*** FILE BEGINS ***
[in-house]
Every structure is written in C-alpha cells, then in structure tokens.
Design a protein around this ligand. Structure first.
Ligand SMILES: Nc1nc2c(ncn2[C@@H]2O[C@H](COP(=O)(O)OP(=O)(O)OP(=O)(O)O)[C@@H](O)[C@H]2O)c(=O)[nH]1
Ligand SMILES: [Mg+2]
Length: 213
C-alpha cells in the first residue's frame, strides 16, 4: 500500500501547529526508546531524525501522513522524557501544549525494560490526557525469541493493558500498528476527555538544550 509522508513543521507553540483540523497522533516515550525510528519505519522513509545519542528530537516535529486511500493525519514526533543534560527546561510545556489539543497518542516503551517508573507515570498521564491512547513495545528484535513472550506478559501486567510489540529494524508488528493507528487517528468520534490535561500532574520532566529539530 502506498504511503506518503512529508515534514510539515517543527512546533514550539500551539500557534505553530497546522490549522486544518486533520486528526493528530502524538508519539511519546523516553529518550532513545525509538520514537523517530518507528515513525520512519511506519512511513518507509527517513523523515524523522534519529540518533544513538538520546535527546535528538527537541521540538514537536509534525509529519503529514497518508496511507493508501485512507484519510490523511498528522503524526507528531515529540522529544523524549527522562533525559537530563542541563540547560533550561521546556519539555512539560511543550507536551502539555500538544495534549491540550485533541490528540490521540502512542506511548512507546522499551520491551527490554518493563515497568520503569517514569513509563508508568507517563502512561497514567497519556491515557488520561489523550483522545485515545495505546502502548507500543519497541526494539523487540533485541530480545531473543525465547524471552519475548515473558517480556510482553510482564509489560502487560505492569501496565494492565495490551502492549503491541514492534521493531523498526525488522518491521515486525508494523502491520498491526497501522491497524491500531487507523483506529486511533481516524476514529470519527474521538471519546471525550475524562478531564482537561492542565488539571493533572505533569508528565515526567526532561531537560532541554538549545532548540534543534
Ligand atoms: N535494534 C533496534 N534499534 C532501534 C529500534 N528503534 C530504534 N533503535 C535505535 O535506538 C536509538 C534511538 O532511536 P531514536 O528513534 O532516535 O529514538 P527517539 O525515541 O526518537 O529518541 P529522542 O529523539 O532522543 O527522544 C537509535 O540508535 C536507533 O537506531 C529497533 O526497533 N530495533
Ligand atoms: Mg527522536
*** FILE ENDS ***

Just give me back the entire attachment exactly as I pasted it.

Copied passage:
[in-house]
Every structure is written in C-alpha cells, then in structure tokens.
Design a protein around this ligand. Structure first.
Ligand SMILES: Nc1nc2c(ncn2[C@@H]2O[C@H](COP(=O)(O)OP(=O)(O)OP(=O)(O)O)[C@@H](O)[C@H]2O)c(=O)[nH]1
Ligand SMILES: [Mg+2]
Length: 213
C-alpha cells in the first residue's frame, strides 16, 4: 500500500501547529526508546531524525501522513522524557501544549525494560490526557525469541493493558500498528476527555538544550 509522508513543521507553540483540523497522533516515550525510528519505519522513509545519542528530537516535529486511500493525519514526533543534560527546561510545556489539543497518542516503551517508573507515570498521564491512547513495545528484535513472550506478559501486567510489540529494524508488528493507528487517528468520534490535561500532574520532566529539530 502506498504511503506518503512529508515534514510539515517543527512546533514550539500551539500557534505553530497546522490549522486544518486533520486528526493528530502524538508519539511519546523516553529518550532513545525509538520514537523517530518507528515513525520512519511506519512511513518507509527517513523523515524523522534519529540518533544513538538520546535527546535528538527537541521540538514537536509534525509529519503529514497518508496511507493508501485512507484519510490523511498528522503524526507528531515529540522529544523524549527522562533525559537530563542541563540547560533550561521546556519539555512539560511543550507536551502539555500538544495534549491540550485533541490528540490521540502512542506511548512507546522499551520491551527490554518493563515497568520503569517514569513509563508508568507517563502512561497514567497519556491515557488520561489523550483522545485515545495505546502502548507500543519497541526494539523487540533485541530480545531473543525465547524471552519475548515473558517480556510482553510482564509489560502487560505492569501496565494492565495490551502492549503491541514492534521493531523498526525488522518491521515486525508494523502491520498491526497501522491497524491500531487507523483506529486511533481516524476514529470519527474521538471519546471525550475524562478531564482537561492542565488539571493533572505533569508528565515526567526532561531537560532541554538549545532548540534543534
Ligand atoms: N535494534 C533496534 N534499534 C532501534 C529500534 N528503534 C530504534 N533503535 C535505535 O535506538 C536509538 C534511538 O532511536 P531514536 O528513534 O532516535 O529514538 P527517539 O525515541 O526518537 O529518541 P529522542 O529523539 O532522543 O527522544 C537509535 O540508535 C536507533 O537506531 C529497533 O526497533 N530495533
Ligand atoms: Mg527522536